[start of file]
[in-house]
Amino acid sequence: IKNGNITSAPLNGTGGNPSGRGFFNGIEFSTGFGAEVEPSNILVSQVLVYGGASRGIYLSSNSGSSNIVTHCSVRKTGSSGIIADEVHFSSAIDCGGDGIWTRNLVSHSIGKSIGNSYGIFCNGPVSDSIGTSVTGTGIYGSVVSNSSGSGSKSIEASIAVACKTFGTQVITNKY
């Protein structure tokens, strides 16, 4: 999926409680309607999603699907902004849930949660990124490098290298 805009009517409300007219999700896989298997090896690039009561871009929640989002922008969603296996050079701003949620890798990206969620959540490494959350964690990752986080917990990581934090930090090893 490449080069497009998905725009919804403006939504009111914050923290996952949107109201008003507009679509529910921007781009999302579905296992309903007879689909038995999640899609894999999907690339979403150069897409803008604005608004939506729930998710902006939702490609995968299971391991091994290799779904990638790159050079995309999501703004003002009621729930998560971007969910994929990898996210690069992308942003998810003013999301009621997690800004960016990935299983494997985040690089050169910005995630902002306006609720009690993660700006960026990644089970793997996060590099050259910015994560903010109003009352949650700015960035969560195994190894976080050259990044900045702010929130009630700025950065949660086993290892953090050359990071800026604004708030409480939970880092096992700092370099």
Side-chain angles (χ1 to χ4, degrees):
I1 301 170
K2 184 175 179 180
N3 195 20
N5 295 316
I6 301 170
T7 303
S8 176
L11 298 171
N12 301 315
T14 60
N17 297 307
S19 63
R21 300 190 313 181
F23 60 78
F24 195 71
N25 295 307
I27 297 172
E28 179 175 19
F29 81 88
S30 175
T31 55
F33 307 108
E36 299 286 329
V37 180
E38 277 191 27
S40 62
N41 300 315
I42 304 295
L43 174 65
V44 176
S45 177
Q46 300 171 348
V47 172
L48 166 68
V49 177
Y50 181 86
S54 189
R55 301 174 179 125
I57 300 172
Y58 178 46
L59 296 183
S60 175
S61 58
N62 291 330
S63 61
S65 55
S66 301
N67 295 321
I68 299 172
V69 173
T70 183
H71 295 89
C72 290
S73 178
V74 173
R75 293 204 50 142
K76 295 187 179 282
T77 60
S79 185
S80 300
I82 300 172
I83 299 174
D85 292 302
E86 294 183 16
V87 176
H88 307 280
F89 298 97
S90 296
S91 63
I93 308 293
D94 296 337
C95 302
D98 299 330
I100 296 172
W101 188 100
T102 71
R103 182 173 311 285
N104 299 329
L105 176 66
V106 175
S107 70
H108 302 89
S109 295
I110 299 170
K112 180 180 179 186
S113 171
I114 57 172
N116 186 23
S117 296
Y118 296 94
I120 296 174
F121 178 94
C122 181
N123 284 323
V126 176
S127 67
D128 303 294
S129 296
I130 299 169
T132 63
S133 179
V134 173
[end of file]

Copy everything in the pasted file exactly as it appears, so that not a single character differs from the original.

[in-house]
Amino acid sequence: IKNGNITSAPLNGTGGNPSGRGFFNGIEFSTGFGAEVEPSNILVSQVLVYGGASRGIYLSSNSGSSNIVTHCSVRKTGSSGIIADEVHFSSAIDCGGDGIWTRNLVSHSIGKSIGNSYGIFCNGPVSDSIGTSVTGTGIYGSVVSNSSGSGSKSIEASIAVACKTFGTQVITNKY
């Protein structure tokens, strides 16, 4: 999926409680309607999603699907902004849930949660990124490098290298 805009009517409300007219999700896989298997090896690039009561871009929640989002922008969603296996050079701003949620890798990206969620959540490494959350964690990752986080917990990581934090930090090893 490449080069497009998905725009919804403006939504009111914050923290996952949107109201008003507009679509529910921007781009999302579905296992309903007879689909038995999640899609894999999907690339979403150069897409803008604005608004939506729930998710902006939702490609995968299971391991091994290799779904990638790159050079995309999501703004003002009621729930998560971007969910994929990898996210690069992308942003998810003013999301009621997690800004960016990935299983494997985040690089050169910005995630902002306006609720009690993660700006960026990644089970793997996060590099050259910015994560903010109003009352949650700015960035969560195994190894976080050259990044900045702010929130009630700025950065949660086993290892953090050359990071800026604004708030409480939970880092096992700092370099």
Side-chain angles (χ1 to χ4, degrees):
I1 301 170
K2 184 175 179 180
N3 195 20
N5 295 316
I6 301 170
T7 303
S8 176
L11 298 171
N12 301 315
T14 60
N17 297 307
S19 63
R21 300 190 313 181
F23 60 78
F24 195 71
N25 295 307
I27 297 172
E28 179 175 19
F29 81 88
S30 175
T31 55
F33 307 108
E36 299 286 329
V37 180
E38 277 191 27
S40 62
N41 300 315
I42 304 295
L43 174 65
V44 176
S45 177
Q46 300 171 348
V47 172
L48 166 68
V49 177
Y50 181 86
S54 189
R55 301 174 179 125
I57 300 172
Y58 178 46
L59 296 183
S60 175
S61 58
N62 291 330
S63 61
S65 55
S66 301
N67 295 321
I68 299 172
V69 173
T70 183
H71 295 89
C72 290
S73 178
V74 173
R75 293 204 50 142
K76 295 187 179 282
T77 60
S79 185
S80 300
I82 300 172
I83 299 174
D85 292 302
E86 294 183 16
V87 176
H88 307 280
F89 298 97
S90 296
S91 63
I93 308 293
D94 296 337
C95 302
D98 299 330
I100 296 172
W101 188 100
T102 71
R103 182 173 311 285
N104 299 329
L105 176 66
V106 175
S107 70
H108 302 89
S109 295
I110 299 170
K112 180 180 179 186
S113 171
I114 57 172
N116 186 23
S117 296
Y118 296 94
I120 296 174
F121 178 94
C122 181
N123 284 323
V126 176
S127 67
D128 303 294
S129 296
I130 299 169
T132 63
S133 179
V134 173